Just recently, 14-year-old Sonia Bokhari wrote for Fast Company ruminating about her first experiences with social media.
Unlike her friends and classmates, she wasn’t allowed by her family to use social media until she turned 13. When she finally joined the platform, she was surprised to find out that she has been on social media the entire time — through the posts her mother and sister made about her.
Even when the posts had good intentions — her family documenting the joys of her childhood — Bokhari still felt betrayed and violated in terms of her privacy.
What’s Wrong with How We’re Using Social Media?
Indeed, social media has been so ingrained in everyone’s lives, it’s quite a far possibility for the world to be away with it now.
Essentially, it’s where you get to communicate with your loved ones, stay updated with the happenings in their lives, and even meet and interact with new people. Now, it has evolved into a source of information, a crucial element for marketing strategies, a platform for online businesses, and many others.
However, as much as social media is beneficial, it is also puts you in a disadvantage — or worse, danger. But that all depends on how you’re using it.
Here are some ways you’re using social media wrong.
1. Sharing your personal information
Before tapping that Publish button, you may want to rethink what you put in your posts, especially if they contain your sensitive information. Things like your location, your bank account number, your full name, and other security information come to mind.
Many incidents of hacking and security breaches have occurred the past years, and your favorite social media networks are not invincible. Guard your personal information before you fall victim to these incidents.
After all, prevention is better than cure.
2. Posting about others without their consent
This is the main concern of Bokhari upon discovering her social media “presence”, even when during the time when she hadn’t used social media yet: her family posted about her online without her permission.
The same goes for everyone. You wouldn’t want for other people to find out something about you if you didn’t consent to it, would you? So why should you do that to others?
One example is posting photos of people you don’t know. Yes, they may have sat down funny in public transportation or may have done a good deed to a homeless person, and you want to share that to your network. But question is, will those people involved appreciate that?
You may not appreciate it if it happens to you. There’s a fat chance others will feel the same.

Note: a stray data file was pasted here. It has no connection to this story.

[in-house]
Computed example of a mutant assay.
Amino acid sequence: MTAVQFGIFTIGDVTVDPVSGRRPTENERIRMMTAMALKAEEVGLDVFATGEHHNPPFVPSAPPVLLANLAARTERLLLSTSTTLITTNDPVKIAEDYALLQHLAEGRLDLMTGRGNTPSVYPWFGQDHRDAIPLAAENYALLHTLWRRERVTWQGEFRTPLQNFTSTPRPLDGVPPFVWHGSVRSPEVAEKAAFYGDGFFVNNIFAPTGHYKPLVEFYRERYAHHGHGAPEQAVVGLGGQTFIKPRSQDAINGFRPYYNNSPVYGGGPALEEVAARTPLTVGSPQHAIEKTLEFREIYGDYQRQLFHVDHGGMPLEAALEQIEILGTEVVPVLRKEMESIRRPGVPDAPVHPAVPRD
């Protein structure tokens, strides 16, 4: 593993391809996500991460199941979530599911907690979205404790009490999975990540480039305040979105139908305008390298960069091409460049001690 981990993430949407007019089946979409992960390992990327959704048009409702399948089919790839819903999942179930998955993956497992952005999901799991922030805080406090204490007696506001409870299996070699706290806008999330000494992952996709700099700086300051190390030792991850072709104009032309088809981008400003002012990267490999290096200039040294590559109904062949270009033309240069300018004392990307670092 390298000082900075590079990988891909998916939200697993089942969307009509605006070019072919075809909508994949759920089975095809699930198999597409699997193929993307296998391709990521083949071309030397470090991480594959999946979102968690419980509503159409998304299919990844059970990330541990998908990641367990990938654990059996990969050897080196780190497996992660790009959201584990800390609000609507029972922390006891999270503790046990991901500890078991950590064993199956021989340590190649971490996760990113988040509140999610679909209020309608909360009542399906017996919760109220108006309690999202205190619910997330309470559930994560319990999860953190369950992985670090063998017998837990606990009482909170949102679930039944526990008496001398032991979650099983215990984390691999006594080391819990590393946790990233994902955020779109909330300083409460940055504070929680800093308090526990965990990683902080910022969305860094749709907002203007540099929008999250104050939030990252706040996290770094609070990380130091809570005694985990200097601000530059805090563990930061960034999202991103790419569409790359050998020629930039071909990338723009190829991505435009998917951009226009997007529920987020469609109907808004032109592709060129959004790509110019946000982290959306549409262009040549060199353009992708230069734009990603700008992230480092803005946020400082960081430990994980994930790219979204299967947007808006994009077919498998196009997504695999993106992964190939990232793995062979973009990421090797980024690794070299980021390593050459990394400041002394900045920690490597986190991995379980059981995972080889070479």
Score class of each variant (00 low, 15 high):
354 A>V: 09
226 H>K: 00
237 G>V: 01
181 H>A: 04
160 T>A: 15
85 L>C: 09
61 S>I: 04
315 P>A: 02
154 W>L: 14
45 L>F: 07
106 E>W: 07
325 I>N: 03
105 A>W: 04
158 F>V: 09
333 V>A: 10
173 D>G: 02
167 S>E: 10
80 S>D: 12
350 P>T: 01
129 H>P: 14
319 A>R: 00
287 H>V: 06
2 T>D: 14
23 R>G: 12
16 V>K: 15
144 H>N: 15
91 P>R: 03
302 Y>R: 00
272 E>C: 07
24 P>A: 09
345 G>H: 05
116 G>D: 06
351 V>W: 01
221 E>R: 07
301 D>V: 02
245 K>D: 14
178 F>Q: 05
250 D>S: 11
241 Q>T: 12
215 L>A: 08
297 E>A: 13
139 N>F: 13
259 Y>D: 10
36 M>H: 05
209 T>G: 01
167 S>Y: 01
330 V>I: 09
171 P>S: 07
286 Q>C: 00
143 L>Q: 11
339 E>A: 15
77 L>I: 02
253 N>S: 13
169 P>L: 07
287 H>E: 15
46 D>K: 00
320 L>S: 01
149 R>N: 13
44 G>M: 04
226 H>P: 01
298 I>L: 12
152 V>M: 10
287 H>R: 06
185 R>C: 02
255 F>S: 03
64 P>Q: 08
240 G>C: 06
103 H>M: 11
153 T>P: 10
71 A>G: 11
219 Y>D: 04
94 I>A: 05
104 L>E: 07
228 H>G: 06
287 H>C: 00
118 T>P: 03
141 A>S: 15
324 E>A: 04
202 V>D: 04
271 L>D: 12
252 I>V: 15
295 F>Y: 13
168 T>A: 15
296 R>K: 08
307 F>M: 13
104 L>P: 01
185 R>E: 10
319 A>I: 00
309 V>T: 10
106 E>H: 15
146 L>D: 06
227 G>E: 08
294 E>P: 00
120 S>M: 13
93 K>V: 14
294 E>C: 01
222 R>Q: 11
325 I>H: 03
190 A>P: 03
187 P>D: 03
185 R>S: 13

3. Sharing content without credit to their owners
Ever see an artwork or photo being posted on social media with the caption “Credits to the owner” or “CTTO”? Yes, they’re everywhere, and many creatives have been protesting about it.
Every post made on social media may already be for public consumption, but it definitely matters if you credit whoever owns what you’re sharing. It’s just like citing your sources and references in the essays you write in school. If you don’t do so, it implies that you own the content — which you don’t.
Besides, the owner of every content you share exerted their efforts in making that. Some even earn money from it. When we don’t make measures in acknowledging them (no, adding “CTTO” does not count), we don’t just disregard their hard work. We rob them of the opportunity to make a living.
4. Replacing in-person connections
Yes, social media has allowed us to connect with people that matter to us despite the distance. But in the end, nothing beats personal interaction.
Don’t just drop a birthday greeting on your friend’s timeline — give them a special gift. Don’t just profess in a long post how much you love your significant other — show it in your personal actions.
This also goes to one of our favorite nooks and crannies in social media: the comments section. All the healthy discussions, petty arguments, and trashy trolling happen here. While it’s essential to talk about important issues (in a productive way, of course), doing it online does not bring as much impact as taking the discussion out from it. As someone said, “real battles are won offline.”
5. Letting social media define your life
Because social media is a place where you can post updates about your life, it is inevitable that you see the life updates of other people, too.
And boy, they can really bring out the green monster within you sometimes.
Take note, though, that the social media personas of the people you see online are just a curated version of who they are. All the bad parts have been filtered out, with only the glitzy, glamorous ones remaining for the websphere to see.
And admit it, you do this with your social media feed, too.
In the end, don’t let other people and their social feeds validate how good your life is. We all have everything bad and good going on in each of our lives. Just because it’s what you see online doesn’t mean it’s what’s happening behind the scenes.
Remember, social media is not real life. Don’t let it take over your reality.
Every part of this world has its boons and banes — that includes your beloved social media. Be conscious on how you make use of the platform, and in the end, it will do you more good than harm.